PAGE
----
Pearson, the media and publishing company, is poised to double the size of its US education publishing interests, following the pounds 377m acquisition of HarperCollins College and ScottForesman from Rupert Murdoch's News Corporation.
Analysts said the price, at only 1.8 times 1995 revenues, was less than expected and would have a small positive effect on earnings this year.
Lord Blakenham, Pearson's chairman, said: "We feel this is a very attractive price and an excellent fit for Pearson." The company already owns Addison- Wesley Longman, the US educational publisher, which has been particularly strong in maths and sciences.
Suggestions in the City that the acquisition was aimed at shoring up Pearson's defences against a possible hostile bid were rejected by the company. A senior insider said: "This is no poison pill, but a straight commercial deal that makes sense."
The market marked the shares down, as hopes of an imminent bid, perhaps from an American predator, receded. The shares, which traded earlier in the week at more than 700p, closed 7p down yesterday at 683p. One media analyst said: "Talk of a bid or a demerger may have been premature, but Pearson remains a strong candidate for restructuring, given its unusual mix of assets."
The company owns the Financial Times, half of the Economist, Madame Tussauds, 50 per cent of Lazard Brothers, the merchant bank, and significant television interests.
News Corporation sold the assets as part of a strategic restructuring of Mr Murdoch's world-wide media empire. He is expected to concentrate on television, electronic publishing and his core newspaper publishing businesses, and is believed to be selling companies to prepare for a large- scale investment in digital TV.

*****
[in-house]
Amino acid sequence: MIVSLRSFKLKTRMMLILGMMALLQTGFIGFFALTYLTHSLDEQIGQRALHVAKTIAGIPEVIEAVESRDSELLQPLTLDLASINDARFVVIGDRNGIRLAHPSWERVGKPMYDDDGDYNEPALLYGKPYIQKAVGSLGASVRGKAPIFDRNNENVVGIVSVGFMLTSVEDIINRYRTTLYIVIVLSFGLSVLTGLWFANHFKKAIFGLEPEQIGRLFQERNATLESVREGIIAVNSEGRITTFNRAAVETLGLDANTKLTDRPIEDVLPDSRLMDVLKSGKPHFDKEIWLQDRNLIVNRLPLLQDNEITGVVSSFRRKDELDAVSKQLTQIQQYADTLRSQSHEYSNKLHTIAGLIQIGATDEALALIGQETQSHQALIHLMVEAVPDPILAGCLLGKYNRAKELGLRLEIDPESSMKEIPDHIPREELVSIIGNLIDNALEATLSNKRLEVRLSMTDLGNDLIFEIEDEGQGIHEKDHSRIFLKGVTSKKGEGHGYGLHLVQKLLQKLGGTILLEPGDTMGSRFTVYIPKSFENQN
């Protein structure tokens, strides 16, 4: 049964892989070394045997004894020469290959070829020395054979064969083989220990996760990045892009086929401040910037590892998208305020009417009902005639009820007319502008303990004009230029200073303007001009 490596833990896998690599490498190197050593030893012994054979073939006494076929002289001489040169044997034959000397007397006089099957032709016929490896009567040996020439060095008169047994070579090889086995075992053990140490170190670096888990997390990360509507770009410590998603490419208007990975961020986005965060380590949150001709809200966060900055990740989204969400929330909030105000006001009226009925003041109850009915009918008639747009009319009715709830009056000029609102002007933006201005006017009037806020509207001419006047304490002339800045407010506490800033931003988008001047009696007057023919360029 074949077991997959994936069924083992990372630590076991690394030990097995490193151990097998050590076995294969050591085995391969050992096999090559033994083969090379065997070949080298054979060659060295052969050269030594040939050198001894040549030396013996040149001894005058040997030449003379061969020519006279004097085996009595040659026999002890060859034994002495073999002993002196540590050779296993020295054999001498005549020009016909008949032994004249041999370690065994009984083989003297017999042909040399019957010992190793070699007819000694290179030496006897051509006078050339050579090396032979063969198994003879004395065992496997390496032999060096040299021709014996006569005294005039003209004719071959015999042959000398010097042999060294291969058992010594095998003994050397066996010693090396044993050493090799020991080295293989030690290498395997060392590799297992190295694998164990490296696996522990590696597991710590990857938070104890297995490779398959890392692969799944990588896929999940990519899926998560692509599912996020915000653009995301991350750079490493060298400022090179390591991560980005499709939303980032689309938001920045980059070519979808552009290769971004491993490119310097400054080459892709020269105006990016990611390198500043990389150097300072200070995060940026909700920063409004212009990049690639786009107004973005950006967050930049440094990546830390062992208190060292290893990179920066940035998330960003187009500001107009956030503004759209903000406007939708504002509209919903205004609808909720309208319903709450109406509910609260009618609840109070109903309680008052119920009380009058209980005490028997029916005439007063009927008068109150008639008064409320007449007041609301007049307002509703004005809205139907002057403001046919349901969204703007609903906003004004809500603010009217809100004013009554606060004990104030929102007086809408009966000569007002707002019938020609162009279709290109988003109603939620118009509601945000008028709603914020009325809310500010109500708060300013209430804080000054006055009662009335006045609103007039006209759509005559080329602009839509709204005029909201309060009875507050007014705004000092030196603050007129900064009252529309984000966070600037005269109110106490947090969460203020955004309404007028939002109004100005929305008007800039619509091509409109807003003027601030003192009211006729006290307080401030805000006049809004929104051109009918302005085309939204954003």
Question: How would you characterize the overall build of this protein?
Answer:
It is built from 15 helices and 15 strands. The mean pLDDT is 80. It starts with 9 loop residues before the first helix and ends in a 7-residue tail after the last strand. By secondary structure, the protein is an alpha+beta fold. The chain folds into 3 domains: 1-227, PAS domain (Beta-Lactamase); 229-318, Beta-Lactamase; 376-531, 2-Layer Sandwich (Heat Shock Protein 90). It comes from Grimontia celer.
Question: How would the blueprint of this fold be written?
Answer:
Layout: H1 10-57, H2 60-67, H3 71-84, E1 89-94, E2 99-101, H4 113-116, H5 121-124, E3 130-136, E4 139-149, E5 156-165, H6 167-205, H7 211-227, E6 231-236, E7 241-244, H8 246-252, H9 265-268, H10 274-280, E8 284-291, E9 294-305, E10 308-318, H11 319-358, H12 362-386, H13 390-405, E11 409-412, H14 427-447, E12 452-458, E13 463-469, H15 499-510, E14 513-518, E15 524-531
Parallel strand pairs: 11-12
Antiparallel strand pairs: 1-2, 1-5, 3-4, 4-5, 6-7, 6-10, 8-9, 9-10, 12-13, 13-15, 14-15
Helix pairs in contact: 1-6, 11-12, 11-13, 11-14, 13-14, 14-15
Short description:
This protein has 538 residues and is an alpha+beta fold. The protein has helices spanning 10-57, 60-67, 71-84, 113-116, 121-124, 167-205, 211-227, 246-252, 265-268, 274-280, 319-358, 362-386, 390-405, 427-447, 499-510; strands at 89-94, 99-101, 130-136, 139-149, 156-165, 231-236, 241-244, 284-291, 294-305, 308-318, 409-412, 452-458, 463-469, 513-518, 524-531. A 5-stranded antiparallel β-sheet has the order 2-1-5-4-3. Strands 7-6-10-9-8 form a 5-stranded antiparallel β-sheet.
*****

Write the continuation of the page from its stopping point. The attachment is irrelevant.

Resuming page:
Separately, Mr Murdoch said at a conference in Atlanta that he intended to supplant CNN, Ted Turner's all-news network, by combatting the liberal tendency of news coverage in the US. "Our opportunity here in news is that people don't like the sort of news they're getting," Mr Murdoch said.
The two HarperCollins divisions bring Pearson a strong list of history, literature, language and arts, where AWL has been weak. "This acquisition certainly strengthens our `book bag'", Larry Jones, chief executive of AWL, said. "We will be far more effective in our sales efforts." Pearson said it would seek cost savings, believed to be in the region of 10 per cent, after a merger of the two businesses. Together, the divisions had pro forma annual sales of $862m, and operating profits of $140m.
Steven Winram, analyst at BZW, said the acquisition would provide Pearson with higher volumes in the US educational market, where AWL had a difficult trading year.
A Maths programme developed for the Californian schools market proved unpopular with teachers, and rivals managed to outsell Addison-Wesley.Reuse content